Sunday, September 11, 2011

10 years later

"They're trying to kill me," Yossarian told him calmly.
“No one's trying to kill you," Clevinger cried.
“Then why are they shooting at me?" Yossarian asked.
They're shooting at everyone," Clevinger answered.  "They're trying to kill everyone."
“And what difference does that make?"
                                                                                    Catch-22, Joseph Heller

I started reading Catch-22 in September 2001.  If I took our copy off the shelf tonight, I expect I would find a bookmark about halfway through the novel, marking the spot I reached before bed on September 10, 2001.  I mentioned to one of my students a few weeks later that I hadn’t been able to pick the novel back up.  “But it’s so good,” he protested.  “That’s the problem,” I replied.

For a long time, airplanes didn’t fly over Washington, DC.  The airspace was eerily quiet.  An occasional military aircraft would come along, and everybody would stop and stare, confirming that it had a right to be there, that it wasn’t happening again.  A. and I still stop and watch after any airplane that seems to be too low, out of place, unexpected.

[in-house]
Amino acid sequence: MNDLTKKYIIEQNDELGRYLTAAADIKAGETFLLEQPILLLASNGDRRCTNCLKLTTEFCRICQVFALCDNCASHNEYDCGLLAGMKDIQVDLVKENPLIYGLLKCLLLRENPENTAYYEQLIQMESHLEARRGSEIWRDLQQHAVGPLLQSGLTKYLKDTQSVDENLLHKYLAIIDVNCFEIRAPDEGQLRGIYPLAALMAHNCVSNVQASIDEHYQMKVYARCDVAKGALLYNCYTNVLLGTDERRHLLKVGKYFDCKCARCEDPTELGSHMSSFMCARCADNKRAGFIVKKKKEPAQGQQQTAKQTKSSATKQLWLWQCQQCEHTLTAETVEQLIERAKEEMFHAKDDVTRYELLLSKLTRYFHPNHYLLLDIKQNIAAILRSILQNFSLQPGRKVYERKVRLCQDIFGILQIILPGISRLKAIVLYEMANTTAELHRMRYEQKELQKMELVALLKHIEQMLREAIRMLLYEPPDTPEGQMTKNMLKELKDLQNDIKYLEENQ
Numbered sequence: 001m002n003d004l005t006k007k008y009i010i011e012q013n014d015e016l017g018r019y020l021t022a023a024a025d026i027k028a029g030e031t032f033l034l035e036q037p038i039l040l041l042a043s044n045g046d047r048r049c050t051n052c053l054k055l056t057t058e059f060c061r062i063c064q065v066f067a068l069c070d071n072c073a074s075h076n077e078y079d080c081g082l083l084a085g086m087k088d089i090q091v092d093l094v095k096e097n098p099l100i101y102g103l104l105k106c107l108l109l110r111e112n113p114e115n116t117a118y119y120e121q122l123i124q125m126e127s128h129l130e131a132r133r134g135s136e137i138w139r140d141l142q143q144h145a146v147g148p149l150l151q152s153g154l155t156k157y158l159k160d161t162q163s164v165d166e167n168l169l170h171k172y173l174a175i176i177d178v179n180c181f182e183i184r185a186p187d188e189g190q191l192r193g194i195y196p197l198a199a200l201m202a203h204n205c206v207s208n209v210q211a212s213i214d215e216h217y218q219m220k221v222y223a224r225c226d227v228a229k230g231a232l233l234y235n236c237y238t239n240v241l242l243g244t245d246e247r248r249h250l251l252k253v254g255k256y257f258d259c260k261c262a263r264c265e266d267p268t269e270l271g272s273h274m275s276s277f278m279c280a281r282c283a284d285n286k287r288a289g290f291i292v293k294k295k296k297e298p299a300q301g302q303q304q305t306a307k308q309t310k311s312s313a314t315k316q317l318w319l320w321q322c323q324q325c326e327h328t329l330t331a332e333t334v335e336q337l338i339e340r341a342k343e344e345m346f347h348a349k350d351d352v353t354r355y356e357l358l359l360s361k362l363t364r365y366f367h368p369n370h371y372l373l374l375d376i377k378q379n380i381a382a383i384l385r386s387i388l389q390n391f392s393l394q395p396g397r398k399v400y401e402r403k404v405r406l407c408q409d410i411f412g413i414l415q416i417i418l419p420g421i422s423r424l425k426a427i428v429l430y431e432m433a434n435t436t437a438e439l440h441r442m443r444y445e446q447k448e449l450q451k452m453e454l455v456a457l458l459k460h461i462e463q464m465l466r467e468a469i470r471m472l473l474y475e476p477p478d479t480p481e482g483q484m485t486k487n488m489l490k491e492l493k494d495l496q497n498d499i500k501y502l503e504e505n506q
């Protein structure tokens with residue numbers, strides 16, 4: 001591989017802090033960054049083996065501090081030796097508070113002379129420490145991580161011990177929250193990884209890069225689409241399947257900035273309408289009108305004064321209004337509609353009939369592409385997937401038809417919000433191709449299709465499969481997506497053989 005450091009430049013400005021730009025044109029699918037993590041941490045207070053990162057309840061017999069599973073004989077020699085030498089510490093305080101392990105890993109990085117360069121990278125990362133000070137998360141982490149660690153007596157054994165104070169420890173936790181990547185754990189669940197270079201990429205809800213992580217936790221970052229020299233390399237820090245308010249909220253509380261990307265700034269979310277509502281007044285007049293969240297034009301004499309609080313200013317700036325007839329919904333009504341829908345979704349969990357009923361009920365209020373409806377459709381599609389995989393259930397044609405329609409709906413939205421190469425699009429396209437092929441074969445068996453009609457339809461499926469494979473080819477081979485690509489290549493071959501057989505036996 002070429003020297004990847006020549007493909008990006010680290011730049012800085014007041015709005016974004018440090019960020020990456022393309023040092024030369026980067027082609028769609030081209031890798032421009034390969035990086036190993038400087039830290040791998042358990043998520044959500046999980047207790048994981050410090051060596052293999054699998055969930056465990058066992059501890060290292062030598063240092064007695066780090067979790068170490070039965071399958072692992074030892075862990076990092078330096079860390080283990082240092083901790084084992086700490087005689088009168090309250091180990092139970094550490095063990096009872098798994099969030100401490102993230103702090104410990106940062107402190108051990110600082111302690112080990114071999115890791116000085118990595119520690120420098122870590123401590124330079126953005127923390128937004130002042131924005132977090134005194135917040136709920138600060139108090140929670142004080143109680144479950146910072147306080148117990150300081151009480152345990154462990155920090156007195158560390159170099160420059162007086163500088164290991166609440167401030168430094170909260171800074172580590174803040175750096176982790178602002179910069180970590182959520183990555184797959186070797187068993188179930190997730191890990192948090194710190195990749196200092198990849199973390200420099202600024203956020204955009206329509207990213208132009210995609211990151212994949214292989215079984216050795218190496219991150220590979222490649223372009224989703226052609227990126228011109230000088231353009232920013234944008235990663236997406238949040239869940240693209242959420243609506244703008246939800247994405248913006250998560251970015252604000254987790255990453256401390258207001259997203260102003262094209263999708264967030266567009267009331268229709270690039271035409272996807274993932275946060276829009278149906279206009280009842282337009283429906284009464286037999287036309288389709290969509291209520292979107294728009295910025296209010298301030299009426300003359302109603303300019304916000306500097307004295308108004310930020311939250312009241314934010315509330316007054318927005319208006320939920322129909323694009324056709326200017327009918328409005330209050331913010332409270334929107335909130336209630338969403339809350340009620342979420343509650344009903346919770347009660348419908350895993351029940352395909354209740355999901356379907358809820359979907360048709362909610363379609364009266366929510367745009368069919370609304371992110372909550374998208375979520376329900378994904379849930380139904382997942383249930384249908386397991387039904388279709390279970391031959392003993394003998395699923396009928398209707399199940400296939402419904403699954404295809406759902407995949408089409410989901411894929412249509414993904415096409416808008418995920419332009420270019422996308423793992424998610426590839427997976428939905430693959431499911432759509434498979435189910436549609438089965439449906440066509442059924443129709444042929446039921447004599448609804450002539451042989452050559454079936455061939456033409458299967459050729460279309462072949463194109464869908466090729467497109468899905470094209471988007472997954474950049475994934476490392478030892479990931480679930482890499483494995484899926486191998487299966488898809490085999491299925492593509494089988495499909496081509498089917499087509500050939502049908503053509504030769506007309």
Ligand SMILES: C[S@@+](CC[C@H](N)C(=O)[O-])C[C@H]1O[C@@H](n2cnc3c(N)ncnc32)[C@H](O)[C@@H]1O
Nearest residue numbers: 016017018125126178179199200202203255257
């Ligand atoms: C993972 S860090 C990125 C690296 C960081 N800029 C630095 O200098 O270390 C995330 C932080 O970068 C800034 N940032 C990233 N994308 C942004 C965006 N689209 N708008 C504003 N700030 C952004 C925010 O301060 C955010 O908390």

Shortly after the terrorist attacks, came the anthrax scare, and we wondered about the consequences of bringing in the mail.  Then tornadoes swept through the area, hitting a college campus near us; although clearly a phenomenon connected solely to the weather, it felt like Nature was joining in against us.  A year later, random sniper attacks had us wondering if we had found a new normal of life with fear and anxiety.

A few years later, I informed a class that I would be moving to Toronto “because it’s a safer place for my family.”  A student interpolated in a calm voice, “To avoid dirty bombs and terrorist attacks?”  In fact, the decision was based on Canada’s greater acceptance of same-sex families and the trend (at the time) of states moving in the opposite direction, but his reasoning made complete sense to his classmates.

A lot has already been said about this particular anniversary and even more will fill pages and airwaves tomorrow.  Most days I can think about political implications and how our world has changed.  But for now, this is more about gut emotion and sense memories.